The Point Defect Model (PDM) has been shown to accurately describe the properties of passive films that form on metal surfaces in contact with aggressive environments under both open circuit and anodic polarization conditions. However, the commonly-employed PDM, known henceforth as Generation II or PDM-II assumes that passivity arises from the properties of the barrier layer and that the outer layer, if present, contributes negligibly to the interfacial impedance. In this paper, we describe a third generation of the PDM, PDM-III, in which a resistive outer layer exists on the surface and contributes substantially to the impedance of the interface and hence to the corrosion resistance. The outer layer is shown to have a profound impact on the properties of the barrier layer and under certain circumstances the barrier layer is predicted to disappear. This new form of depassivation is observed experimentally in the corrosion of carbon steel in CO2-acidified oil-field brines, for example. The use of electrochemical impedance spectroscopy to characterize passive films having resistive outer layers is describe and illustrated with reference to the passive state on zirconium in simulated PWR (Pressurized Water Reactor) primary coolant. ©The Electrochemical Society. Source


Engelhardt G.R.,OLI Systems Inc | Macdonald D.D.,Pennsylvania State University
Corrosion Science | Year: 2010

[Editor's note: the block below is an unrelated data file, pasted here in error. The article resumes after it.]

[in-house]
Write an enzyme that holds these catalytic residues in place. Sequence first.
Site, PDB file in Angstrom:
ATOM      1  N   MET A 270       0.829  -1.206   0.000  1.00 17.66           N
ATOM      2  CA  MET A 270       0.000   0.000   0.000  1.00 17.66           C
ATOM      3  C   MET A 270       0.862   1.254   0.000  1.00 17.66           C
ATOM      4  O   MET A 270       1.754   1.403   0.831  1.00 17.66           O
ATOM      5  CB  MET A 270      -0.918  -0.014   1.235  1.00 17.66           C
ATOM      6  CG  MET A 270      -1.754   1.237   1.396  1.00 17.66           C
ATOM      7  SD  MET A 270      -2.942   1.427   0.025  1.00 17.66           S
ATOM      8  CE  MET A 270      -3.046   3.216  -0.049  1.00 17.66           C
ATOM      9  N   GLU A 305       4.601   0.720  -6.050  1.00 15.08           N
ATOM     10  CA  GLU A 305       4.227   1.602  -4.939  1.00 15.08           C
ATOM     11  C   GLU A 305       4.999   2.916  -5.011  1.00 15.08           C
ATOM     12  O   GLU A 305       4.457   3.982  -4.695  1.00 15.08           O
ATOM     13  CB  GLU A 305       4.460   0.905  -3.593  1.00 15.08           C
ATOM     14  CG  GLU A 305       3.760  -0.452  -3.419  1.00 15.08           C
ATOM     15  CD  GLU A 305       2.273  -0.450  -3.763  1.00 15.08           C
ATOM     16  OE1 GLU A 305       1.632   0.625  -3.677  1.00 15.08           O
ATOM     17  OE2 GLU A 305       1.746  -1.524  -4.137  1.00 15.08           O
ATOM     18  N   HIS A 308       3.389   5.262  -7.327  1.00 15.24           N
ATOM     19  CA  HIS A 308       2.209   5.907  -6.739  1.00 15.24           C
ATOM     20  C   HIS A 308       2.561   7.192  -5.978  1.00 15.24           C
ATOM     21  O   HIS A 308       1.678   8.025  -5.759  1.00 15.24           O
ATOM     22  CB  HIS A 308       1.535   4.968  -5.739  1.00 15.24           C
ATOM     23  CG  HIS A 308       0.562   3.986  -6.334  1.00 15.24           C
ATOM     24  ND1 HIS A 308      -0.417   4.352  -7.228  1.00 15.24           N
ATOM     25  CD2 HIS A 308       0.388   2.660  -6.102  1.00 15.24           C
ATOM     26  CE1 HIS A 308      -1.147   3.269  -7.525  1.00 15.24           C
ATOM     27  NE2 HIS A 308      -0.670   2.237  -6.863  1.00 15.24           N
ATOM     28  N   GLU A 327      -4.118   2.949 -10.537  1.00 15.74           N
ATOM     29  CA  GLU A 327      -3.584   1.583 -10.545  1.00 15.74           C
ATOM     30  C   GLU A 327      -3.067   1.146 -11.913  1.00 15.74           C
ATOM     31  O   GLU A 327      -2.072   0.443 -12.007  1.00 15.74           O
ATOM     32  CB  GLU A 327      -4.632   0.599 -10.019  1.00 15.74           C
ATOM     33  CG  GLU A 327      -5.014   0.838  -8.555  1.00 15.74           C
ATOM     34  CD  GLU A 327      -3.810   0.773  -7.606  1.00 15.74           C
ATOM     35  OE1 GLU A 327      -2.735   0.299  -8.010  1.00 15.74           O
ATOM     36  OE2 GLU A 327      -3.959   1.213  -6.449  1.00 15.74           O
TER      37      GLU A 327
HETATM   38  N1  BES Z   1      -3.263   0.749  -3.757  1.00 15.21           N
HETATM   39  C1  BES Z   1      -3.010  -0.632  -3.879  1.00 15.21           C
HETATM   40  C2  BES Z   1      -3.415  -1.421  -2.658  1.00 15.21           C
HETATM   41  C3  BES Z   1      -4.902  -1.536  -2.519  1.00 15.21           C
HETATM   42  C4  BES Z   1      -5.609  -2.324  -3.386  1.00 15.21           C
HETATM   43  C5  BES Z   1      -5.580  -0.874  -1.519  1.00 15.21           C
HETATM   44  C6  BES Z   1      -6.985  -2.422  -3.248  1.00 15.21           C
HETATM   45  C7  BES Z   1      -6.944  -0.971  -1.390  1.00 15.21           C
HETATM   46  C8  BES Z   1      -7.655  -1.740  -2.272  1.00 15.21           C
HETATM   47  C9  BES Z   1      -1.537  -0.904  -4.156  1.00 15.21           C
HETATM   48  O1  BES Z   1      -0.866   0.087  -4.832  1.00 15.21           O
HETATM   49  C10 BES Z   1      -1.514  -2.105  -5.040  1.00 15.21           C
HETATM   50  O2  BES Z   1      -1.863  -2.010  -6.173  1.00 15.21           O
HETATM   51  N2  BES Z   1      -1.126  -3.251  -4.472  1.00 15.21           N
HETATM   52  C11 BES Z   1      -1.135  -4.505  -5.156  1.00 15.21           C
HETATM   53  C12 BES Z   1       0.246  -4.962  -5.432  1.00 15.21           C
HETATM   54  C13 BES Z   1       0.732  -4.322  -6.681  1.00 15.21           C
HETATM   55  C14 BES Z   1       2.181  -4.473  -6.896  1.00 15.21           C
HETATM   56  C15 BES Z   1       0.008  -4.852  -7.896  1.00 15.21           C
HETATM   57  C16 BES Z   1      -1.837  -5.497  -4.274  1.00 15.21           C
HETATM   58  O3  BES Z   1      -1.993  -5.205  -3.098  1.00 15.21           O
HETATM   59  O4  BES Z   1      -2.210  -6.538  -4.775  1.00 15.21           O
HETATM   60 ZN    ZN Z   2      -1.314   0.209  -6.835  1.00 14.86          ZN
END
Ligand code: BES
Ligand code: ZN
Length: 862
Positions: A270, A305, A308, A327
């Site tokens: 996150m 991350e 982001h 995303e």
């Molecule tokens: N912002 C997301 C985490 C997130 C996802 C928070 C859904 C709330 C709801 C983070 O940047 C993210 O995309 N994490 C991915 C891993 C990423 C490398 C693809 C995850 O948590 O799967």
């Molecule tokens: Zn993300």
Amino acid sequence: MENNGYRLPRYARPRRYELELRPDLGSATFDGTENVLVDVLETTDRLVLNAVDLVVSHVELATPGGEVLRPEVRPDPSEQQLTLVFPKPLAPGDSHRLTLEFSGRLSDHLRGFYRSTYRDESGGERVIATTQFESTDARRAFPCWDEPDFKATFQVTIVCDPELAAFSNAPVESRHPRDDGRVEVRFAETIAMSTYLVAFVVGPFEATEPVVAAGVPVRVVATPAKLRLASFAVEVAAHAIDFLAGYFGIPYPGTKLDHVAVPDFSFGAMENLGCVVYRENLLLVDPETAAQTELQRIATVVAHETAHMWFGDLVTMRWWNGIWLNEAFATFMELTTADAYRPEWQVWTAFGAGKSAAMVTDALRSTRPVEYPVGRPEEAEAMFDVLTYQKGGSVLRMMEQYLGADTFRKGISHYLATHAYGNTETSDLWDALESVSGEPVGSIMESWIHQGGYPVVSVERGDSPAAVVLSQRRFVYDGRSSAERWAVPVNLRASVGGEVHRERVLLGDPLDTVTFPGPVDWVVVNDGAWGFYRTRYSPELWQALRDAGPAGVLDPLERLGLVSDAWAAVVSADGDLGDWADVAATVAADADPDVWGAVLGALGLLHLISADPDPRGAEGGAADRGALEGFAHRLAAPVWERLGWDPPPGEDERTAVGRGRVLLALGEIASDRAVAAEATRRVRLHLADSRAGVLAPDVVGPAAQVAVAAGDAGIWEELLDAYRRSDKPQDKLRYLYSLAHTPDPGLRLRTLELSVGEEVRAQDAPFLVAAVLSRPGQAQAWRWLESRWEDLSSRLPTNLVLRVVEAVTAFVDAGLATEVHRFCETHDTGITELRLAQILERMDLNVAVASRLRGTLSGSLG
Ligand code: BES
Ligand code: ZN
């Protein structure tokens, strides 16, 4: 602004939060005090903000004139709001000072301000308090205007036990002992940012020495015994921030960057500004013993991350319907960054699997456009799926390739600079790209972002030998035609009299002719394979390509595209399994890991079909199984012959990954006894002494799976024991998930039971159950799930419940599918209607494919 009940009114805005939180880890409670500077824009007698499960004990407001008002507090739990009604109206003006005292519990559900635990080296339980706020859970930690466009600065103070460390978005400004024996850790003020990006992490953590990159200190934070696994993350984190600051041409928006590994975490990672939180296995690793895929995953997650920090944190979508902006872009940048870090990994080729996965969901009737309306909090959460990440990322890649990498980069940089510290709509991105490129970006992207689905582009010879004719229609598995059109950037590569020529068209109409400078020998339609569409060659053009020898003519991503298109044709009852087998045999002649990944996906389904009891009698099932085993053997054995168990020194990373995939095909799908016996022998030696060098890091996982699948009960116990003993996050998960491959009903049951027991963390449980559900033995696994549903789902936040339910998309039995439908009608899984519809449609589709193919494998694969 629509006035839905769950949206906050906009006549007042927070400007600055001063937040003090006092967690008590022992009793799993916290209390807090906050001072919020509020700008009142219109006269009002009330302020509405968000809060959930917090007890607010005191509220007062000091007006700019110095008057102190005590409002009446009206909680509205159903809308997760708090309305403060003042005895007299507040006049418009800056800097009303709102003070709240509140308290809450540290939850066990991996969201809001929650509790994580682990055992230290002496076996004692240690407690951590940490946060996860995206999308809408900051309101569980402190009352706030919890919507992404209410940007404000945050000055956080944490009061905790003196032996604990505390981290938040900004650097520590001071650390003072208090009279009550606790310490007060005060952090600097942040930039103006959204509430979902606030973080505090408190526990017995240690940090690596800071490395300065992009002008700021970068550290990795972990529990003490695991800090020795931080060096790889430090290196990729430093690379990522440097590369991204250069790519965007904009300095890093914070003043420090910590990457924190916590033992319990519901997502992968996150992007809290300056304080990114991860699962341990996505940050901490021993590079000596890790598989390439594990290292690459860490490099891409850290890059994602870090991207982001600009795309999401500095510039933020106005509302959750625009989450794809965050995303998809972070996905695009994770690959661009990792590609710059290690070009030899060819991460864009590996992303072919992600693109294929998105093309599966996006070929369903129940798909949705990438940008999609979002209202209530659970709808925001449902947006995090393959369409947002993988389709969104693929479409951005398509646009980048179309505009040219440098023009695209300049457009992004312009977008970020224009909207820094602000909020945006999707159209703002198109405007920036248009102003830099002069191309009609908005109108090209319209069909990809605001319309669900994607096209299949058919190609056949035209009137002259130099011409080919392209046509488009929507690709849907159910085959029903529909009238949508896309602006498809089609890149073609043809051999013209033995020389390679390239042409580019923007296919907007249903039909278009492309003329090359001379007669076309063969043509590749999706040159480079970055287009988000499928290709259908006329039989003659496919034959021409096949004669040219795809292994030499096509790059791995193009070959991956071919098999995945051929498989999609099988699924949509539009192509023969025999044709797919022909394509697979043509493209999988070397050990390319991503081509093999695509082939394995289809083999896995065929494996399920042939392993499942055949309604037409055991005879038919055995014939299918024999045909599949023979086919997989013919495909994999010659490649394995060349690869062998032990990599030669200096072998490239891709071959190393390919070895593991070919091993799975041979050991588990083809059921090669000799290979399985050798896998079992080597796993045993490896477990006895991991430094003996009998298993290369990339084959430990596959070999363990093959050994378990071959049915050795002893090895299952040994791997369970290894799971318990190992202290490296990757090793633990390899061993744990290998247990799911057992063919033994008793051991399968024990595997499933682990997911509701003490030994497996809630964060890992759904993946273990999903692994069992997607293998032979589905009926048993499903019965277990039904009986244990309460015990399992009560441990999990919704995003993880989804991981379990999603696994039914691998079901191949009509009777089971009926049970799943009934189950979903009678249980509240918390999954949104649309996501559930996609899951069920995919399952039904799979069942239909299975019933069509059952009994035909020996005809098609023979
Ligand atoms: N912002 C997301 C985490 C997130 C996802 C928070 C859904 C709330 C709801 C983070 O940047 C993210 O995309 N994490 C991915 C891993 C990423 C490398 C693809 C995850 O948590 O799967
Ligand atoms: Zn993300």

The application of standard mathematical techniques for the solution of mass transport equations, in the case of advection that is caused by the pulsating movement of crack walls in the case of corrosion fatigue, can be very time consuming. This problem arises, due to the requirement that the time step that must be employed, when solving the non-stationary equations numerically, must be significantly smaller than the period of oscillation. For overcoming these time-consuming limitations, a simple algorithm, which is based on eliminating the convective term from the equations of mass transfer in the pulsating slab by a suitable change of variables, was developed. The estimation of the advection effect on the rate of corrosion fatigue has been performed for the cases of diffusion and mixed kinetic control at high frequencies of applied stress. It is shown that, in many cases, it is possible to use codes that were developed for describing stress corrosion cracking, i.e. for the case of mass transfer without advection at zero loading frequency, to predict corrosion fatigue crack propagation rate, by simply substituting an effective crack length. Numerical calculations that have been performed in this work also show that the method developed here yields results that are applicable not only to the elevated frequencies, but to the any arbitrary frequency from 0 to ∞ for estimating corrosion fatigue crack propagation rate. © 2009 Elsevier Ltd. All rights reserved. Source